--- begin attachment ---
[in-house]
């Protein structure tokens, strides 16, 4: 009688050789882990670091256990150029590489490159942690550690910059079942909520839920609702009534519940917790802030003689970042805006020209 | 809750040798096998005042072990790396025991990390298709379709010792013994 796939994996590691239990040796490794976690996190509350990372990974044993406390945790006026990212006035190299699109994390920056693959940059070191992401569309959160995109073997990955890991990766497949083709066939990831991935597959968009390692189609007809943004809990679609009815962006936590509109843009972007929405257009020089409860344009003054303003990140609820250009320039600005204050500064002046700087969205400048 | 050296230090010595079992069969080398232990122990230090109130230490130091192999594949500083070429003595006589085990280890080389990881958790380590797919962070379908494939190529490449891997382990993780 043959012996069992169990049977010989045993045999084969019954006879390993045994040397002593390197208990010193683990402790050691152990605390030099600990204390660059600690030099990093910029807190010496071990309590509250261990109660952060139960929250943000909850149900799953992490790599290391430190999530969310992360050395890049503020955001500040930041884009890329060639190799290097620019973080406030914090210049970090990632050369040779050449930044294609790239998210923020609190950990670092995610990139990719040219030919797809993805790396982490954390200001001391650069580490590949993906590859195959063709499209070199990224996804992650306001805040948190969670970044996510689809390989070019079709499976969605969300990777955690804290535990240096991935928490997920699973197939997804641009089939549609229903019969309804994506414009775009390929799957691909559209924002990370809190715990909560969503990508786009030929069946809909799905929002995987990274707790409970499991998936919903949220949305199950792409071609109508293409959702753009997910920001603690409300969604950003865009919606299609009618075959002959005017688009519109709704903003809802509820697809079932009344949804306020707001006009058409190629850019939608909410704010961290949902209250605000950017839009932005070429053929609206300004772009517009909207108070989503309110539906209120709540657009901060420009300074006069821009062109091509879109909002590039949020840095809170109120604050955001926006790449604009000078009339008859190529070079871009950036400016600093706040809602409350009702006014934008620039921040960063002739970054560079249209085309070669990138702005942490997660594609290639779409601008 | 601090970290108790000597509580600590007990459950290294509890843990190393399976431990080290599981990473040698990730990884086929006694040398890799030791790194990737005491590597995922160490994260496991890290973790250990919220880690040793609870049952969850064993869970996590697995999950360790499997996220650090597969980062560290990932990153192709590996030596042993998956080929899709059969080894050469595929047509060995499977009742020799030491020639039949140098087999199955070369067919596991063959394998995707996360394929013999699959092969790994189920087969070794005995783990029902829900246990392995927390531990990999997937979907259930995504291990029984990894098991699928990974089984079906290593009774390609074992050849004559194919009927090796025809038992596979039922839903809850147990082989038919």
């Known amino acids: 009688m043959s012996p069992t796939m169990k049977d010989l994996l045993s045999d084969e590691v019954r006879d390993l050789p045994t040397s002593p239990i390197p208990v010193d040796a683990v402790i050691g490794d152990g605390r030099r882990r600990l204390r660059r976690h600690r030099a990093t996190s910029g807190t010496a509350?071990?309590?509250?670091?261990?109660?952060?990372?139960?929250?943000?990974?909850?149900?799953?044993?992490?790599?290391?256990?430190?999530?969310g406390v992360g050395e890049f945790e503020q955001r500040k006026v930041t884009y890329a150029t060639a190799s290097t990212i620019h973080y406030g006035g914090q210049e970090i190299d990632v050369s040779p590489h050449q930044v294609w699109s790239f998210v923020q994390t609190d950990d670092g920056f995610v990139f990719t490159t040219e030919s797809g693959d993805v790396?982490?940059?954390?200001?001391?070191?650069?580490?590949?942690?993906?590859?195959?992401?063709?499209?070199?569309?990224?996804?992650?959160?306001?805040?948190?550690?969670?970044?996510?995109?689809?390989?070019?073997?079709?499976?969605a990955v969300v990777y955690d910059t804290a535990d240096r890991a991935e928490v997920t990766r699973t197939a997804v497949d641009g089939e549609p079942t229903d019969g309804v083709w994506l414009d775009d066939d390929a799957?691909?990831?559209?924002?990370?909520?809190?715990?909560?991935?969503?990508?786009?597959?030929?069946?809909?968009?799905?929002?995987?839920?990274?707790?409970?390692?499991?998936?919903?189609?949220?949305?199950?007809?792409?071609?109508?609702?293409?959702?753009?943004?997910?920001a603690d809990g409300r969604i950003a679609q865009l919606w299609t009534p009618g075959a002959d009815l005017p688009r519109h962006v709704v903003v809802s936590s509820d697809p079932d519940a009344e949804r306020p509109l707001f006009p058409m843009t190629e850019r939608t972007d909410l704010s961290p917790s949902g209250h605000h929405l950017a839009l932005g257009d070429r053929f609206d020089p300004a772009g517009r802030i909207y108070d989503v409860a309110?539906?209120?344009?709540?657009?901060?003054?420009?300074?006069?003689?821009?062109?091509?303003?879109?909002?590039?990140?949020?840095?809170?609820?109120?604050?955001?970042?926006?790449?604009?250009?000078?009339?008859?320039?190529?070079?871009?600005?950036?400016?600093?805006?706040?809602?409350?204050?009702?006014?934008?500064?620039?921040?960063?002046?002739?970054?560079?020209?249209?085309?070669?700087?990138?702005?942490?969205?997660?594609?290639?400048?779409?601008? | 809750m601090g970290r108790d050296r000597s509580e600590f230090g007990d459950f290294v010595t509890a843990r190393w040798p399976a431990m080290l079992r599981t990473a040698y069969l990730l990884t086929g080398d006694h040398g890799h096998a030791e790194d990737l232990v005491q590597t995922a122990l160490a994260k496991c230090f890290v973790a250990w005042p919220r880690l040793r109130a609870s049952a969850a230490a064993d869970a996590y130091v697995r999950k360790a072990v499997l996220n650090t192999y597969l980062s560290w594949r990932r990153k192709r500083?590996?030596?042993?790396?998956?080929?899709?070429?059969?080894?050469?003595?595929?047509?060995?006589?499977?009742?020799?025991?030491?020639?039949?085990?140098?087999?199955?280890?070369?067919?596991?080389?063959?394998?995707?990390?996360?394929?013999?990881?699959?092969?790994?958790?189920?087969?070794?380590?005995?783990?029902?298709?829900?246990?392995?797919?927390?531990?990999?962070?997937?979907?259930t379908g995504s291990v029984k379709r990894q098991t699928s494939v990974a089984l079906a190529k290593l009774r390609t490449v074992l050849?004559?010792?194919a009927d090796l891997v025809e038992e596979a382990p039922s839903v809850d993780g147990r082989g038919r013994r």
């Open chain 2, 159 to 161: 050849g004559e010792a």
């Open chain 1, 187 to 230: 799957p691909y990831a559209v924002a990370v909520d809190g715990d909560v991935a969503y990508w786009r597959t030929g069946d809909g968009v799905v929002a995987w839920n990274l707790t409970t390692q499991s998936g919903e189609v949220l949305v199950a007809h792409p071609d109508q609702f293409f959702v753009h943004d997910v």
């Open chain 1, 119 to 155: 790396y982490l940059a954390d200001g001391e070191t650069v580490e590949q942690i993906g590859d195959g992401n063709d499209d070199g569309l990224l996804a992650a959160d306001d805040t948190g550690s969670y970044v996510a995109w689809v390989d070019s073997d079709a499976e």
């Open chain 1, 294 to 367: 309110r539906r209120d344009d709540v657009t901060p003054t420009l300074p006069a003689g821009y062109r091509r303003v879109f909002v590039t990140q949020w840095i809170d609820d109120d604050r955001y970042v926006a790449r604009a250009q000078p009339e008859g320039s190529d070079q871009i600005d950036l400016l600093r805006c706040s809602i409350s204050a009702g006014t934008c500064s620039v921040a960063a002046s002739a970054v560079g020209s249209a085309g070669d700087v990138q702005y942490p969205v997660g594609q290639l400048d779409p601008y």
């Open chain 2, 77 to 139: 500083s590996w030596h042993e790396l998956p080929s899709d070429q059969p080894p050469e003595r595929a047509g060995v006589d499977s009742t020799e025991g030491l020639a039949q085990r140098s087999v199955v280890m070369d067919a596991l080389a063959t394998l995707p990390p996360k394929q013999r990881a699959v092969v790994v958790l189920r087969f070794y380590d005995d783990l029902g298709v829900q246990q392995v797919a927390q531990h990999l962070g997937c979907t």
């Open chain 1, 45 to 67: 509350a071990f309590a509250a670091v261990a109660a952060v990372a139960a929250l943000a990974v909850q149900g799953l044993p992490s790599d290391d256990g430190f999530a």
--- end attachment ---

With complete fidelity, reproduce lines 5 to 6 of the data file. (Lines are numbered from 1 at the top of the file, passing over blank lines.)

């Open chain 1, 187 to 230: 799957p691909y990831a559209v924002a990370v909520d809190g715990d909560v991935a969503y990508w786009r597959t030929g069946d809909g968009v799905v929002a995987w839920n990274l707790t409970t390692q499991s998936g919903e189609v949220l949305v199950a007809h792409p071609d109508q609702f293409f959702v753009h943004d997910v």
């Open chain 1, 119 to 155: 790396y982490l940059a954390d200001g001391e070191t650069v580490e590949q942690i993906g590859d195959g992401n063709d499209d070199g569309l990224l996804a992650a959160d306001d805040t948190g550690s969670y970044v996510a995109w689809v390989d070019s073997d079709a499976e």